If you buy one of these bottles, in the shape of a skull, you can have Aykroyd sign it. A bottle retails for $49.95, which is out of my price range, but it is supposed to be among the purest vodka around, or so Aykroyd would say. “It is quadrupled distilled and filtered three times through charcoal followed by triple filtration over Herkimer crystals," according to its press materials.
If you’re a vodka connoisseur, this distilling and filtering process might mean something to you. (If I ever drink a martini, which is rare these days, I’m a gin girl myself, and very dry and straight up.)
Anyway, since his entertainment career has quieted down, Aykroyd has gone into the wine and spirits business. The Ottawa-born entertainer produces wine made near Niagara Falls, and they Dan Aykroyd Wines are the top-selling celebrity brand in Canada. Hmm, is this a big deal?
First, are Canadian wines any good? Sorry, to sound all California terroir snobby. Second, are there so many other celebrities pitching their wines in Canada? Of course, if Aykroyd is surpassing the Coppolla wine juggernaut, then that’s something of an accomplishment. Also, he has recently begun producing wine in Sonoma County.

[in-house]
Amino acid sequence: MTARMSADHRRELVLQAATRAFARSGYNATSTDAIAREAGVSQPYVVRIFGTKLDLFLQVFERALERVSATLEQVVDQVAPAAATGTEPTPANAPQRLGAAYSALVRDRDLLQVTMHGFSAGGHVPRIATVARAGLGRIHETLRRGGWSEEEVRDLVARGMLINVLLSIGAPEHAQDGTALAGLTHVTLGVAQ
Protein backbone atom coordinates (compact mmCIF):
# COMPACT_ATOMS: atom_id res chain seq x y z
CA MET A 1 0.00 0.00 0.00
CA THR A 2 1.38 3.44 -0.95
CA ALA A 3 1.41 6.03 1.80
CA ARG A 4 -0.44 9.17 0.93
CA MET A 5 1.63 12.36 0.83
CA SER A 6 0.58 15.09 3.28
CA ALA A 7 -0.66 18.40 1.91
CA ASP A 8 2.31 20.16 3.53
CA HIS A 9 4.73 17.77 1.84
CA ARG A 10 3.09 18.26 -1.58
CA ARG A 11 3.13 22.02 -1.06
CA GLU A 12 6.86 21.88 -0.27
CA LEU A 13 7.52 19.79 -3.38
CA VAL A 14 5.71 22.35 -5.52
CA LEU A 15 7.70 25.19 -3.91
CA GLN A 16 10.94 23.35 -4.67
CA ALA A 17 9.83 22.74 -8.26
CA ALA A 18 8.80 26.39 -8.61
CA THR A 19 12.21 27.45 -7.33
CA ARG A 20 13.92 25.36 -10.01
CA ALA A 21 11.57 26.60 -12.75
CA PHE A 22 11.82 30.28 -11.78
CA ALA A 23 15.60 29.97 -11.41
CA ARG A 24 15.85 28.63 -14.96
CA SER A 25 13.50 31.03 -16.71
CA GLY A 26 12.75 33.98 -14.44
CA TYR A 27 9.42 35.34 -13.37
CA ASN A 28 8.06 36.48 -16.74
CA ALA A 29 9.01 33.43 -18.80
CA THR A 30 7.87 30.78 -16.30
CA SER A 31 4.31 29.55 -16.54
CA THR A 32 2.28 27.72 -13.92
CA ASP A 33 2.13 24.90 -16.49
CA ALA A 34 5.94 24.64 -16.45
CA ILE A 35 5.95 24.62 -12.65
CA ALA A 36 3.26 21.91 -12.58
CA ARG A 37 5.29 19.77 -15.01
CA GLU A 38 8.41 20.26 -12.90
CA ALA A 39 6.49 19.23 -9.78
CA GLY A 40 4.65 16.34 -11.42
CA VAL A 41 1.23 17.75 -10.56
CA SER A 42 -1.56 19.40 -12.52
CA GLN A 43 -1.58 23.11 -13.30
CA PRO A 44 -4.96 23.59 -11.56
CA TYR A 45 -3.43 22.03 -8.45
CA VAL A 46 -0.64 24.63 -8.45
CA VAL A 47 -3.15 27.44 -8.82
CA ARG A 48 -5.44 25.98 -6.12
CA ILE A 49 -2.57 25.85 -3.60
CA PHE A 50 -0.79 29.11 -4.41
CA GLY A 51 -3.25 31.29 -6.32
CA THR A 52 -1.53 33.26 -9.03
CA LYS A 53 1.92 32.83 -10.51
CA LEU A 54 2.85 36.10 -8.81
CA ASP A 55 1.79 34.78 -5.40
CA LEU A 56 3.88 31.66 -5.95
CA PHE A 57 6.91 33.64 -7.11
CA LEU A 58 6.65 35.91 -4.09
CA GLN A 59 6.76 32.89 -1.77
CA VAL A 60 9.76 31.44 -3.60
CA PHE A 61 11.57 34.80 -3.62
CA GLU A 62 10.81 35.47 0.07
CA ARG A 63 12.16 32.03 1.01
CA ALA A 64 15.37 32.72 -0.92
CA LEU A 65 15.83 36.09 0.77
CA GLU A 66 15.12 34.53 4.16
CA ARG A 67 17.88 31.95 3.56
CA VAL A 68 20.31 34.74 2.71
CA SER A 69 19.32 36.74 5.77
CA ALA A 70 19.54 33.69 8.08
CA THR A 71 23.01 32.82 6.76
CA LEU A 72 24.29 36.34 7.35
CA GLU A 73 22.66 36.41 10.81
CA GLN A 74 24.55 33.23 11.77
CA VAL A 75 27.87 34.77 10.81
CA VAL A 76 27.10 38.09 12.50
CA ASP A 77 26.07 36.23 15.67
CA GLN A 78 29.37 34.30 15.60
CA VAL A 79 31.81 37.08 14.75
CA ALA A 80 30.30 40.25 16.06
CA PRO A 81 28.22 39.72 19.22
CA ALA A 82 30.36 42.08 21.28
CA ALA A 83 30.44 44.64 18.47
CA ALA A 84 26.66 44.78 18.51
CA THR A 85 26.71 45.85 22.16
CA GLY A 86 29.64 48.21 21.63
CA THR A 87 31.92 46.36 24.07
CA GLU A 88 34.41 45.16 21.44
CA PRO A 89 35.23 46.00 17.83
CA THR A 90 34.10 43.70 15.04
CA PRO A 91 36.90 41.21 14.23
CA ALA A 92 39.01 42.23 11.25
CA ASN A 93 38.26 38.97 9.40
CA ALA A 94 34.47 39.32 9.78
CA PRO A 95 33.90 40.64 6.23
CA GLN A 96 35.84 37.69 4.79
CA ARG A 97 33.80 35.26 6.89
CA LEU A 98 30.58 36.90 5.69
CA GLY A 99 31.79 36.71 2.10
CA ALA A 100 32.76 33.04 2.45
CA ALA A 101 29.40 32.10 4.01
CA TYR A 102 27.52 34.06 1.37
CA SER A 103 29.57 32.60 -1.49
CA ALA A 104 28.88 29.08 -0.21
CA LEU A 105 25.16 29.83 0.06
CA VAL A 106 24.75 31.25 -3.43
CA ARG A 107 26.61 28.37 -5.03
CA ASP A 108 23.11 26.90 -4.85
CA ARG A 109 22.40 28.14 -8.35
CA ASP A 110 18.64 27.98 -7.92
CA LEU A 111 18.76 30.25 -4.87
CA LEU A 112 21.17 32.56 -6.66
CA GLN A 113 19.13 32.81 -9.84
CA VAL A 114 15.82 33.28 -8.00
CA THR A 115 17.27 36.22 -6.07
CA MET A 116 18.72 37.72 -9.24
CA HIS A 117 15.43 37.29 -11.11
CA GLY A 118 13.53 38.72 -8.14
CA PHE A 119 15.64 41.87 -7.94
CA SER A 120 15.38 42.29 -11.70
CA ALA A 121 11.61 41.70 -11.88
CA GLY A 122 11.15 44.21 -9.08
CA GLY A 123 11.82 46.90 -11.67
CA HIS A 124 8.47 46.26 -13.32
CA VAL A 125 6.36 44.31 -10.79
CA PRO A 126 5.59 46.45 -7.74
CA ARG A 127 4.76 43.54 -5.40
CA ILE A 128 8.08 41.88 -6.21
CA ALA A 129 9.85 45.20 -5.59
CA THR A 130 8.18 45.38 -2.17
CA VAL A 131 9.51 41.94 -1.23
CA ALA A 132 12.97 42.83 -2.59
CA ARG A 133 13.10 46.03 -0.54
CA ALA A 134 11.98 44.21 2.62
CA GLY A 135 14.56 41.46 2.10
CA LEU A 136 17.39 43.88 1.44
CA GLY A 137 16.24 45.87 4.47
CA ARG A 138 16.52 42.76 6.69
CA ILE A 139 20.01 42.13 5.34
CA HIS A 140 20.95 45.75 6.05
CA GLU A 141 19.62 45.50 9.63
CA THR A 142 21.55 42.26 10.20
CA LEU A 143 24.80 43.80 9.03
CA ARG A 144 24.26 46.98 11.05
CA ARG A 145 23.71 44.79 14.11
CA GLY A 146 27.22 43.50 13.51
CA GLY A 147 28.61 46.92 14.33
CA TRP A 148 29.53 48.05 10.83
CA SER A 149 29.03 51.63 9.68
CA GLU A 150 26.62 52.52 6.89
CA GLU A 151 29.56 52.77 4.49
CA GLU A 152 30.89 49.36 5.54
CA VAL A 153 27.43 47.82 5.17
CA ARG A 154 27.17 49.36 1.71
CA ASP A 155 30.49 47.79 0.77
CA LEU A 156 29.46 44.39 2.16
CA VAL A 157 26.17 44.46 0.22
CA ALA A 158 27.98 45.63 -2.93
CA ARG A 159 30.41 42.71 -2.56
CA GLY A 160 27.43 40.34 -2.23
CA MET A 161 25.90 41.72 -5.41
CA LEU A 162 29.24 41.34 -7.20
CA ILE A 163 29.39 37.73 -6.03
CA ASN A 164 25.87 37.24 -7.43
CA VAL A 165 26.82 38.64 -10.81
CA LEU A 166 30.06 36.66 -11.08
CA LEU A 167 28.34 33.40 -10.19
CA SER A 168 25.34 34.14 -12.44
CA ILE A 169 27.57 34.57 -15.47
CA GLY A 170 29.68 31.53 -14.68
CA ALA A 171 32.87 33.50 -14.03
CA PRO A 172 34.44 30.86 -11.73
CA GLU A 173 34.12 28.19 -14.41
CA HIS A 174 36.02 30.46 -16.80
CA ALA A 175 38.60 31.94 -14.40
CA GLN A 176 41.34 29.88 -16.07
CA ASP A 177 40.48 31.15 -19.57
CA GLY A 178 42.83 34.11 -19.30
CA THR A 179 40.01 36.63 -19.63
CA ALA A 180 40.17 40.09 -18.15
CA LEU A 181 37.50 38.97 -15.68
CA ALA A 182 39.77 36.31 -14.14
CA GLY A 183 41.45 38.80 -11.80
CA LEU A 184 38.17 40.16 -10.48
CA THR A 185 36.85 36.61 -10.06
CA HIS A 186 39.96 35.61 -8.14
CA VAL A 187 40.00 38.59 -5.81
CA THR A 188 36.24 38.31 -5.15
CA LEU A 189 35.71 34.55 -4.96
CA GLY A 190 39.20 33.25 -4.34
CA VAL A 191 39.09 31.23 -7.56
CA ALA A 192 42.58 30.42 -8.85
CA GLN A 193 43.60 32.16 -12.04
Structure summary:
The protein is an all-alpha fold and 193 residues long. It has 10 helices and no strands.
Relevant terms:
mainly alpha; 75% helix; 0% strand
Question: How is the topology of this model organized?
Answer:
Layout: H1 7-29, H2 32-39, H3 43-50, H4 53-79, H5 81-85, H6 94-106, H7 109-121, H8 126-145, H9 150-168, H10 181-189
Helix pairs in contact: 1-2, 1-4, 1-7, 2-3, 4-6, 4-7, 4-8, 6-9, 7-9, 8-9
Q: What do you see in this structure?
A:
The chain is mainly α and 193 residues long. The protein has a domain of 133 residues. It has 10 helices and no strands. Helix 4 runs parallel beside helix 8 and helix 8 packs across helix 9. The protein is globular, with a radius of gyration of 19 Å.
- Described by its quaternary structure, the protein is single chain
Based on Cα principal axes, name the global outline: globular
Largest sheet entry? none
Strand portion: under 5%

Meanwhile, I’m having trouble with the 750-ml. skull-shaped bottle. Not something that would appeal to me; I like my liquor bottles to have that sleek, sophisticated look. A skull-shaped makes me think of something you'd find on a shelf in the bedroom of a Heavy Metal loving frat boy. Aykroyd explains that the Crystal Head brand—and therefore the bottle shape—is inspired the legend that thousands of years ago, thirteen crystal heads were scattered across the earth—artifacts, perhaps, of the lost civilization of Atlantis, or of the Mayans, or of beings of a “higher intelligence.”
Don't want to sound too snarky. I wish Aykroyd the best. I always loved him on Saturday Night Live. Aykroyd will be at BevMo in Walnut Creek 4 to 6 p.m. Friday, 2940 Main Street.